UNSW – The Balnaves Chair in Constitutional Law

The Indigenous Law Centre (ILC) is an integral part of the life of the Faculty of Law at UNSW. Established in 1981, the ILC is the only Indigenous law research centre in Australia. The ILC contributes to the recognition, protection and development of the legal rights and freedoms of Indigenous peoples both in Australia and internationally. The Centre achieves this by conducting and disseminating innovative and high quality research on Indigenous legal issues and through community legal education on issues of particular significance. The ILC also produces the Indigenous Law Bulletin and the Australian Indigenous Law Review—the only two journals dedicated specifically to Indigenous legal issues in Australia.

In 2020 Professor Megan Davis was announced as the Balnaves Chair in Constitutional Law,. Announced on the 2rd anniversary of the The Uluru Statement of the Heart. The Balnaves Foundation has committed $1.25 million to UNSW’s Indigenous Law Centre to establish a term Chair in Constitutional Law for Professor Davis to enable her to ensure the advancement of this critical national agenda.

“The Uluru Statement from the Heart invites all Australians to walk with First Nations peoples in a movement for a better future. It is fitting that on the anniversary of the historic day when, on behalf of the Uluru senior leadership, I read the Uluru Statement to the Australian people, we recommit to progressing Voice, Treaty and Truth,” Professor Davis said.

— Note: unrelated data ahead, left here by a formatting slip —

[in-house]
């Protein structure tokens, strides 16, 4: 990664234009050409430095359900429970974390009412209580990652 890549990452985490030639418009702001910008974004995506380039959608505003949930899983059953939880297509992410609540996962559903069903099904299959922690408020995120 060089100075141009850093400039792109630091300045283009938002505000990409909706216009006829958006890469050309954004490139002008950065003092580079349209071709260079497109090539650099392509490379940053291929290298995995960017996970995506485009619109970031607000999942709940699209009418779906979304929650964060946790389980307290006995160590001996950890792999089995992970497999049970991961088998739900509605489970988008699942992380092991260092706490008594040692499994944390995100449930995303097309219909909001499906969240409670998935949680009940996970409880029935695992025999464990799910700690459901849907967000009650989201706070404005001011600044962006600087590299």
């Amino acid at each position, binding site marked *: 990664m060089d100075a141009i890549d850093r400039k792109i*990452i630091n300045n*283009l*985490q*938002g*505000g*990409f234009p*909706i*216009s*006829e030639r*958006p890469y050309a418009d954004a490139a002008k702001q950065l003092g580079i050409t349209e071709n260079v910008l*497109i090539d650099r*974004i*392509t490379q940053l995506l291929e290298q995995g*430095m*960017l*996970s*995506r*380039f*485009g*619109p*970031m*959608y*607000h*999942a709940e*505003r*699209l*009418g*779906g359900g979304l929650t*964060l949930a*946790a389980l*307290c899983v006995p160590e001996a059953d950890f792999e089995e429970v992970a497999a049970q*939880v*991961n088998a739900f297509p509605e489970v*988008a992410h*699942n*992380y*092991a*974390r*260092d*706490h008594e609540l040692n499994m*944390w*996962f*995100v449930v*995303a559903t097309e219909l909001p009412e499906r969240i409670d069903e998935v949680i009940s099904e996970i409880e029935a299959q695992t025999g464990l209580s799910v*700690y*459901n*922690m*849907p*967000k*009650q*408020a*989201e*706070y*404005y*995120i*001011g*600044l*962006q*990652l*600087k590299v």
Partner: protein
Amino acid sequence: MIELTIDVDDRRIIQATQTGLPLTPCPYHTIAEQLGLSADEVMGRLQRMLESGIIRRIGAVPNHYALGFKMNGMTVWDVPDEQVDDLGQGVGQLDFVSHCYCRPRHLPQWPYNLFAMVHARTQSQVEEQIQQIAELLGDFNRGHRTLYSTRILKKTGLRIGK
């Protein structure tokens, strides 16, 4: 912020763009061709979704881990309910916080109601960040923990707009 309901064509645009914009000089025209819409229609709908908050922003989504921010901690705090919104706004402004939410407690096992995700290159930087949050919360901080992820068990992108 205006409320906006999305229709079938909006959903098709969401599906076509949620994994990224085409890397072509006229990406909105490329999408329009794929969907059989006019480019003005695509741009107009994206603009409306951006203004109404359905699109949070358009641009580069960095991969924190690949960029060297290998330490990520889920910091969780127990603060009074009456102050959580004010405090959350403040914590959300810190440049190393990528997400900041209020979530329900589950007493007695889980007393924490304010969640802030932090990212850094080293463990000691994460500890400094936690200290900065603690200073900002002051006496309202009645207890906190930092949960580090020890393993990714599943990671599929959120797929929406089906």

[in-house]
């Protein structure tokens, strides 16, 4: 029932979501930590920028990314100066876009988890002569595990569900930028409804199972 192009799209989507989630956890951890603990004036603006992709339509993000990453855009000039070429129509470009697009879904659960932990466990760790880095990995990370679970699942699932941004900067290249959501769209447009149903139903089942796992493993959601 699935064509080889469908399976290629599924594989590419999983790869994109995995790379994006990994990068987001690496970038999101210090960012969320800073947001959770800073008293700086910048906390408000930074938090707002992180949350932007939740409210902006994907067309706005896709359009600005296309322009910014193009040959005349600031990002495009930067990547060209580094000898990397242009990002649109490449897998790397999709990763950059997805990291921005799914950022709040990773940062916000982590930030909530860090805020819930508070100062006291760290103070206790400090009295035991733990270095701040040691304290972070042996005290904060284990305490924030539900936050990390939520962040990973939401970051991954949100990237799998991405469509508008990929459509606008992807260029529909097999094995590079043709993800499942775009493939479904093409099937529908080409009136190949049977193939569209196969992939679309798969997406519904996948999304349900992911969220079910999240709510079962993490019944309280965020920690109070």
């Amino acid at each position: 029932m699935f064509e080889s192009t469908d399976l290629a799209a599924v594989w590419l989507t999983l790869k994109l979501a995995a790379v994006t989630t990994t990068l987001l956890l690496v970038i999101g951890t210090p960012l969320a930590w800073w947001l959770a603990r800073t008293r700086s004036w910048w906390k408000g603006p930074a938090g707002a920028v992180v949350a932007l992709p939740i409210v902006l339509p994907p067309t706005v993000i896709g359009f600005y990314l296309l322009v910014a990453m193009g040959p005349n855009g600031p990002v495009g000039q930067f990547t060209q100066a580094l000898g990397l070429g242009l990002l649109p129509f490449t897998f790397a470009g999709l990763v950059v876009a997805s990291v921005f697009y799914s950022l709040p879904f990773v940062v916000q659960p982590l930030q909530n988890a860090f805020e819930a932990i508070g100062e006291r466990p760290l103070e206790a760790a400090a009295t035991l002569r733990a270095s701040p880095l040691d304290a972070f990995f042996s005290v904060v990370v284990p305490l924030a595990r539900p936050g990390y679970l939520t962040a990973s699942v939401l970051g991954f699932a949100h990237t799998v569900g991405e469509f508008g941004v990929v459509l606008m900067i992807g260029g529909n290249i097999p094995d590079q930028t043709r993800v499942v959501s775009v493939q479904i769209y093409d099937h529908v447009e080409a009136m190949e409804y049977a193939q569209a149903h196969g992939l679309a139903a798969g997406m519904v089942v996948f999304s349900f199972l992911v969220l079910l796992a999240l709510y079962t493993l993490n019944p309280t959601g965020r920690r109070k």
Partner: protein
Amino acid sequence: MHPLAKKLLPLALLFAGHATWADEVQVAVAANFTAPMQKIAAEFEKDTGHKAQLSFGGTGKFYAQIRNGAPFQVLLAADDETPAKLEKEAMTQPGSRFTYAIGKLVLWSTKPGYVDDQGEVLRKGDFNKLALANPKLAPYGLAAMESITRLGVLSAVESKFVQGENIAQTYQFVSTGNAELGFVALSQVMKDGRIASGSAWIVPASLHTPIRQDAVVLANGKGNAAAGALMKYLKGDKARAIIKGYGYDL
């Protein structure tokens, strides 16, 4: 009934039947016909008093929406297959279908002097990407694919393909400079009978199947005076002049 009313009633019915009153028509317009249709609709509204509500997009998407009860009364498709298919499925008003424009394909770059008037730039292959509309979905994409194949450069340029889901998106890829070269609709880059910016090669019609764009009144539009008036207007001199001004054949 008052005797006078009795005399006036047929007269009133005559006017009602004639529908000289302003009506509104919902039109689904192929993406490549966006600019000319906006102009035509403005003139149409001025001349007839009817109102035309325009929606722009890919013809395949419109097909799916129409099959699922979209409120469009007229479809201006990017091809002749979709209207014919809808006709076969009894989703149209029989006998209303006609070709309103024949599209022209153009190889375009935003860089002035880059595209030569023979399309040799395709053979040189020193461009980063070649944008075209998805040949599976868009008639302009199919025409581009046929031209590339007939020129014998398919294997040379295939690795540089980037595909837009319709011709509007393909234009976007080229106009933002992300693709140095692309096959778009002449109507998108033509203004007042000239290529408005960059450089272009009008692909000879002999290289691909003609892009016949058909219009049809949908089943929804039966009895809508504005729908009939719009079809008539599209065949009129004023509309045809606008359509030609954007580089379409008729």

“Three years on, the Uluru Dialogue continues the work towards the first stage of the Uluru Statement, constitutional reform and achieving a more just, prosperous future for Australia’s First Nations peoples.

“It is an honour to be named Balnaves Foundation Chair in Constitutional Law. My priorities as Chair will be to provide the academic rigour needed to inform development of proposals for constitutional amendment and institutional design of a voice to Parliament, as well as the foundations of a future Makarrata Commission as set down in the Uluru Statement, to oversee agreement making across the federation and to facilitate truth telling processes.”

In 2021, The Uluru Statement From the Heart was awarded the Sydney Peace Prize. Professor Megan Davis along with other First Nations leaders Pat Anderson and Noel Pearson accepted on behalf of all First Nations people that worked on the statement the 2021 Sydney Peace Prize. The judging panel said the Uluru statement was a “powerful and historic offering of peace” that was crucial to the “healing within our nation”, but had not yet been acted upon.

Find out more on Professor Megan Davis and the Uluru Statement from the Heart here.

News and Media:

Three years on from the Uluru Statement, where is the movement? Interview with Professor Megan Davis and The Balnaves Foundation CEO Hamish Balnaves on ABC

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